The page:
It’s July 1988, Paris is hot, very hot and tourists have taken over the town. The Parisians have left for the coast or their country house and the wooden panels are fastened in front of the shop windows. I’m glad I have found a cheap room in the Hôtel d’Alsace Lorraine, 14 rue des Canettes that my friend Peter, the African Art dealer from Amsterdam has mentioned to me. It is situated in a very old building in one of the streets of the rive gauche that leads up to the monumental Place Saint Sulpice, where I like to sit in the shadow of the trees. Going up the stairs of the old hotel I noticed the framed newspaper clipping, telling that the concierge of this hotel used to be Madame Céleste Albaret, the gouvernante of Marcel Proust. The whole place breathes history; I already bumped my head very hard on one of its mediaeval oak beams which runs right through the middle of my small room, which is entresol, halfway two floors, the toilet is nondescript with a door made of planks with holes. In the sunny morning I wake up to the unfamiliar noises of a Paris street. I make a good start of the day and take a few pictures of my bed: the pushed-back blankets are the rolling waves of a restless sea and the old faded wallpaper has a repeating pattern of a sky with hovering seagulls…
Back in Holland I visit my friend Ed van der Elsken, who likes to hear about my trip to Paris. He inquires about my photography and asks where I stayed. He reacts very surprised when I tell him about the Hôtel d’Alsace Lorraine. He urges me to describe the room. “But that’s Vali’s room!” he exclaims, and his light blue eyes stare at me, “Tom, that’s incredible, that’s the room where she lived 30 years ago! She always had the curtains drawn and lived in a dream world, addicted to opium, only came out at night during that period… What a coincidence… and you never knew?…” When I tell him about the photograph I took in that room with the imaginary dreamtime seascape he seems almost moved, says he wants to see it soon, “bring it next time”. In his book “Elsken:PARIS 1950-1954” (Libroport Co. Ldt., Tokyo, 1985) Ed, the Dutch photographer, quotes Vali telling how madame Céleste watched over her like a mother during that vulnerable time. She proudly said to a visitor “You are going up to see the strange one, my favorite jewel.”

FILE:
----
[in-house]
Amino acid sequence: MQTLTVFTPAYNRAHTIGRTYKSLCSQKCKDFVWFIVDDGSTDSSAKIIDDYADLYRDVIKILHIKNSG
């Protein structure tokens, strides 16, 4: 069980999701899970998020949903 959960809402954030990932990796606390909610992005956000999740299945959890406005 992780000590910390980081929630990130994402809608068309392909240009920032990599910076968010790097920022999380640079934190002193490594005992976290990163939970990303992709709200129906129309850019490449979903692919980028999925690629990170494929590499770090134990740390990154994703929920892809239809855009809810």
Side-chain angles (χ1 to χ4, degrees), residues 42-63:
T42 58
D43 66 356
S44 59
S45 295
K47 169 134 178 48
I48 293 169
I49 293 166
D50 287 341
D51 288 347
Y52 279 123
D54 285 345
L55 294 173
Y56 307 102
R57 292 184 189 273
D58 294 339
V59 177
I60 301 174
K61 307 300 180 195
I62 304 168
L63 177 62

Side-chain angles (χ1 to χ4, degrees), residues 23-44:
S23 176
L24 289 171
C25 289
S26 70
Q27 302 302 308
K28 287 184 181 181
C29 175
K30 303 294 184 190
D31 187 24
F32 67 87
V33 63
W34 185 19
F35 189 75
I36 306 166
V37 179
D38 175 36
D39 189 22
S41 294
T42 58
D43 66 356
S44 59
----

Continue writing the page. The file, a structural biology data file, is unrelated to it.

I titled the picture “Sea of dreams (for Vali Myers)” You can have a look at some of my Paris photographs from that period at http://www.tomstappers.com . The photograph “Sea of dreams (for Vali Myers)” can be seen at http://www.photogalaxy.com/photo/tomstappers/2/?m=0.0.0.tomstappers.az
Ed promised to introduce me to Vali, but I only saw her at his funeral in the old church of Edam and standing at his grave afterwards, in thoughts. She was smaller than I had imagined her, fiery hair, tattoos, quiet, unapproachable, almost shy. It was such a sad day, I did not talk to her. One look – all. There’s a photograph of her on my wall that I often look at in passing.